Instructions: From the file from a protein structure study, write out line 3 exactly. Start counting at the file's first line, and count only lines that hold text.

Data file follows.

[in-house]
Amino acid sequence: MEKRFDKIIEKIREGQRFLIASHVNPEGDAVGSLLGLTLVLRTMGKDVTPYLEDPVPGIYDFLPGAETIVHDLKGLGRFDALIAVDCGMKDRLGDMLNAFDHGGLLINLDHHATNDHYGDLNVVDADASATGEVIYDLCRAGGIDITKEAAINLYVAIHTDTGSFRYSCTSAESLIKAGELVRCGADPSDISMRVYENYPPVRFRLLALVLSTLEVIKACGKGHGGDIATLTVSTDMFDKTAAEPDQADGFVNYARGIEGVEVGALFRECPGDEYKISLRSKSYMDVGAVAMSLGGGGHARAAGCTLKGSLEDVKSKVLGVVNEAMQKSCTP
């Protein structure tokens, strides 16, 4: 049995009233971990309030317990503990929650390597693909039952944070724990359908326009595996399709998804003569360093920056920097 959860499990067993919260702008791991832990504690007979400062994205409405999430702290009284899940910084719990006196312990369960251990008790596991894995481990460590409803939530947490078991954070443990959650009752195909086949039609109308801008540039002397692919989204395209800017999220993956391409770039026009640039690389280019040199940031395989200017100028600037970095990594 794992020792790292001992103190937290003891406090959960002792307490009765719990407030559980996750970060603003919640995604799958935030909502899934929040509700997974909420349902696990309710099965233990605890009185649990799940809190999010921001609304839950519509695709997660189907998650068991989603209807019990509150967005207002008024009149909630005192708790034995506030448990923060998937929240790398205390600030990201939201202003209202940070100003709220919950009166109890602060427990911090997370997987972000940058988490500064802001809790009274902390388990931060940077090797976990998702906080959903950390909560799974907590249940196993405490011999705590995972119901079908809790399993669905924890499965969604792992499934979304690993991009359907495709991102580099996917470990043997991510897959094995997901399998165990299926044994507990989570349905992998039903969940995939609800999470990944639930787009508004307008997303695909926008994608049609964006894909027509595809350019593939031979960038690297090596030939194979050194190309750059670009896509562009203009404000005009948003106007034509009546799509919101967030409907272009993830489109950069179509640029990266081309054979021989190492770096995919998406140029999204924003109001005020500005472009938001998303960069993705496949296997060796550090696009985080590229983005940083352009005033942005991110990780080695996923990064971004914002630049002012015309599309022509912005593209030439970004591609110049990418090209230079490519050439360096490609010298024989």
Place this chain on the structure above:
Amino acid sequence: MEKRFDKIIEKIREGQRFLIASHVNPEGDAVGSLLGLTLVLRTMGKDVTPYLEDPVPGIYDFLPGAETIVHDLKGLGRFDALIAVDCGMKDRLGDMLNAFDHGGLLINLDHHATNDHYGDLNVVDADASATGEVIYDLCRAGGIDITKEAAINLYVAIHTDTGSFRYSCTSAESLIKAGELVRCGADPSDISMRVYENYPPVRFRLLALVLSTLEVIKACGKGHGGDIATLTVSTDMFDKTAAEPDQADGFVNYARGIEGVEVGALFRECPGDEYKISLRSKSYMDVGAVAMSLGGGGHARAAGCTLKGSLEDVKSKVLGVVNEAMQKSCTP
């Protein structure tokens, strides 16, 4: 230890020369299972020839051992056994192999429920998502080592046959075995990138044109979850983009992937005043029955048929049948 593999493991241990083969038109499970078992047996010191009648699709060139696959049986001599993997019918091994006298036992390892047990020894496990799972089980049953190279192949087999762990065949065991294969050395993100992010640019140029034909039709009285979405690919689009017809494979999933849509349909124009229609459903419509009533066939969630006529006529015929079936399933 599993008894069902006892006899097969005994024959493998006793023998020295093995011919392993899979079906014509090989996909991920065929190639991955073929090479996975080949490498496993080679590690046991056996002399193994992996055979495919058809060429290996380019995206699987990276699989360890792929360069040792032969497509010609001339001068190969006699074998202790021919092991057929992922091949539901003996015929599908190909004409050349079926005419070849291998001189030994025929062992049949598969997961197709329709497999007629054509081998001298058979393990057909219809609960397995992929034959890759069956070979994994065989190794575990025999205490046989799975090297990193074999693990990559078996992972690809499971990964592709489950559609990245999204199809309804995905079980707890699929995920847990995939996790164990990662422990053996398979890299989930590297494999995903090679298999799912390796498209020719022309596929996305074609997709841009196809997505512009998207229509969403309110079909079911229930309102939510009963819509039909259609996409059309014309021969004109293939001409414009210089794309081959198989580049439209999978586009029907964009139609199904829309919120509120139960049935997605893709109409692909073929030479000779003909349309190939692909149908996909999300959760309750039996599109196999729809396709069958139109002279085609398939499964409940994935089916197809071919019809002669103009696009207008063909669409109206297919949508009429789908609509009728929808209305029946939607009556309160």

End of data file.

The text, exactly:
């Protein structure tokens, strides 16, 4: 049995009233971990309030317990503990929650390597693909039952944070724990359908326009595996399709998804003569360093920056920097 959860499990067993919260702008791991832990504690007979400062994205409405999430702290009284899940910084719990006196312990369960251990008790596991894995481990460590409803939530947490078991954070443990959650009752195909086949039609109308801008540039002397692919989204395209800017999220993956391409770039026009640039690389280019040199940031395989200017100028600037970095990594 794992020792790292001992103190937290003891406090959960002792307490009765719990407030559980996750970060603003919640995604799958935030909502899934929040509700997974909420349902696990309710099965233990605890009185649990799940809190999010921001609304839950519509695709997660189907998650068991989603209807019990509150967005207002008024009149909630005192708790034995506030448990923060998937929240790398205390600030990201939201202003209202940070100003709220919950009166109890602060427990911090997370997987972000940058988490500064802001809790009274902390388990931060940077090797976990998702906080959903950390909560799974907590249940196993405490011999705590995972119901079908809790399993669905924890499965969604792992499934979304690993991009359907495709991102580099996917470990043997991510897959094995997901399998165990299926044994507990989570349905992998039903969940995939609800999470990944639930787009508004307008997303695909926008994608049609964006894909027509595809350019593939031979960038690297090596030939194979050194190309750059670009896509562009203009404000005009948003106007034509009546799509919101967030409907272009993830489109950069179509640029990266081309054979021989190492770096995919998406140029999204924003109001005020500005472009938001998303960069993705496949296997060796550090696009985080590229983005940083352009005033942005991110990780080695996923990064971004914002630049002012015309599309022509912005593209030439970004591609110049990418090209230079490519050439360096490609010298024989």